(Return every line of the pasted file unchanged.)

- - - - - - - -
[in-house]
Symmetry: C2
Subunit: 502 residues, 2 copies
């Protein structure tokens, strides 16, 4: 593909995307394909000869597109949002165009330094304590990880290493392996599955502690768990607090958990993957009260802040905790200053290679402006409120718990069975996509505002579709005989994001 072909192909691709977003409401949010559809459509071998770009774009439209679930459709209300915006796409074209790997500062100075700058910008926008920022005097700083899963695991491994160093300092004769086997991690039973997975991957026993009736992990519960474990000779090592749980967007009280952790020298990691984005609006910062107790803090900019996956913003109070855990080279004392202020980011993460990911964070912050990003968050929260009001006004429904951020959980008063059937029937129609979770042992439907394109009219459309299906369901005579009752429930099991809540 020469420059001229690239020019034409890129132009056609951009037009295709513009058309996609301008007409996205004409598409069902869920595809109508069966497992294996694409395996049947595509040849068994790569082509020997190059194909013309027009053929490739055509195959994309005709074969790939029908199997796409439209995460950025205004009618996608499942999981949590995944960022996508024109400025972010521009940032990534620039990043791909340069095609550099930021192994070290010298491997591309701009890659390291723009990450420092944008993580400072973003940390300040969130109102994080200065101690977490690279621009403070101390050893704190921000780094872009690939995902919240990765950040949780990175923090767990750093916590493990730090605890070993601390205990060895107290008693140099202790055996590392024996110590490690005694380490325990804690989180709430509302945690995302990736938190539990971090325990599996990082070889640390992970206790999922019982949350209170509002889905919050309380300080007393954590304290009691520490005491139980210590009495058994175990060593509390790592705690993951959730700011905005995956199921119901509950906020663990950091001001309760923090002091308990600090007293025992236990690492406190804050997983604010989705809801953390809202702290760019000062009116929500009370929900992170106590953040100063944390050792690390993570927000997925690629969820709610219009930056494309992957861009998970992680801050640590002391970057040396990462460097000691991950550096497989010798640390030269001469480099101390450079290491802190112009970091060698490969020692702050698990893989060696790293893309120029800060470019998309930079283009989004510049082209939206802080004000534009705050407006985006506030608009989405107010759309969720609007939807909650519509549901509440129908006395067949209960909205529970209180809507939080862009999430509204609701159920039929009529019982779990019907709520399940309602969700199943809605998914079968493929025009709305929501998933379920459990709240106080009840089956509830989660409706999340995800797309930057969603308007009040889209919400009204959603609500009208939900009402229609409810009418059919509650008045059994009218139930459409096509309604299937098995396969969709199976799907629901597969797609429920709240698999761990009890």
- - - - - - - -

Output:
[in-house]
Symmetry: C2
Subunit: 502 residues, 2 copies
């Protein structure tokens, strides 16, 4: 593909995307394909000869597109949002165009330094304590990880290493392996599955502690768990607090958990993957009260802040905790200053290679402006409120718990069975996509505002579709005989994001 072909192909691709977003409401949010559809459509071998770009774009439209679930459709209300915006796409074209790997500062100075700058910008926008920022005097700083899963695991491994160093300092004769086997991690039973997975991957026993009736992990519960474990000779090592749980967007009280952790020298990691984005609006910062107790803090900019996956913003109070855990080279004392202020980011993460990911964070912050990003968050929260009001006004429904951020959980008063059937029937129609979770042992439907394109009219459309299906369901005579009752429930099991809540 020469420059001229690239020019034409890129132009056609951009037009295709513009058309996609301008007409996205004409598409069902869920595809109508069966497992294996694409395996049947595509040849068994790569082509020997190059194909013309027009053929490739055509195959994309005709074969790939029908199997796409439209995460950025205004009618996608499942999981949590995944960022996508024109400025972010521009940032990534620039990043791909340069095609550099930021192994070290010298491997591309701009890659390291723009990450420092944008993580400072973003940390300040969130109102994080200065101690977490690279621009403070101390050893704190921000780094872009690939995902919240990765950040949780990175923090767990750093916590493990730090605890070993601390205990060895107290008693140099202790055996590392024996110590490690005694380490325990804690989180709430509302945690995302990736938190539990971090325990599996990082070889640390992970206790999922019982949350209170509002889905919050309380300080007393954590304290009691520490005491139980210590009495058994175990060593509390790592705690993951959730700011905005995956199921119901509950906020663990950091001001309760923090002091308990600090007293025992236990690492406190804050997983604010989705809801953390809202702290760019000062009116929500009370929900992170106590953040100063944390050792690390993570927000997925690629969820709610219009930056494309992957861009998970992680801050640590002391970057040396990462460097000691991950550096497989010798640390030269001469480099101390450079290491802190112009970091060698490969020692702050698990893989060696790293893309120029800060470019998309930079283009989004510049082209939206802080004000534009705050407006985006506030608009989405107010759309969720609007939807909650519509549901509440129908006395067949209960909205529970209180809507939080862009999430509204609701159920039929009529019982779990019907709520399940309602969700199943809605998914079968493929025009709305929501998933379920459990709240106080009840089956509830989660409706999340995800797309930057969603308007009040889209919400009204959603609500009208939900009402229609409810009418059919509650008045059994009218139930459409096509309604299937098995396969969709199976799907629901597969797609429920709240698999761990009890």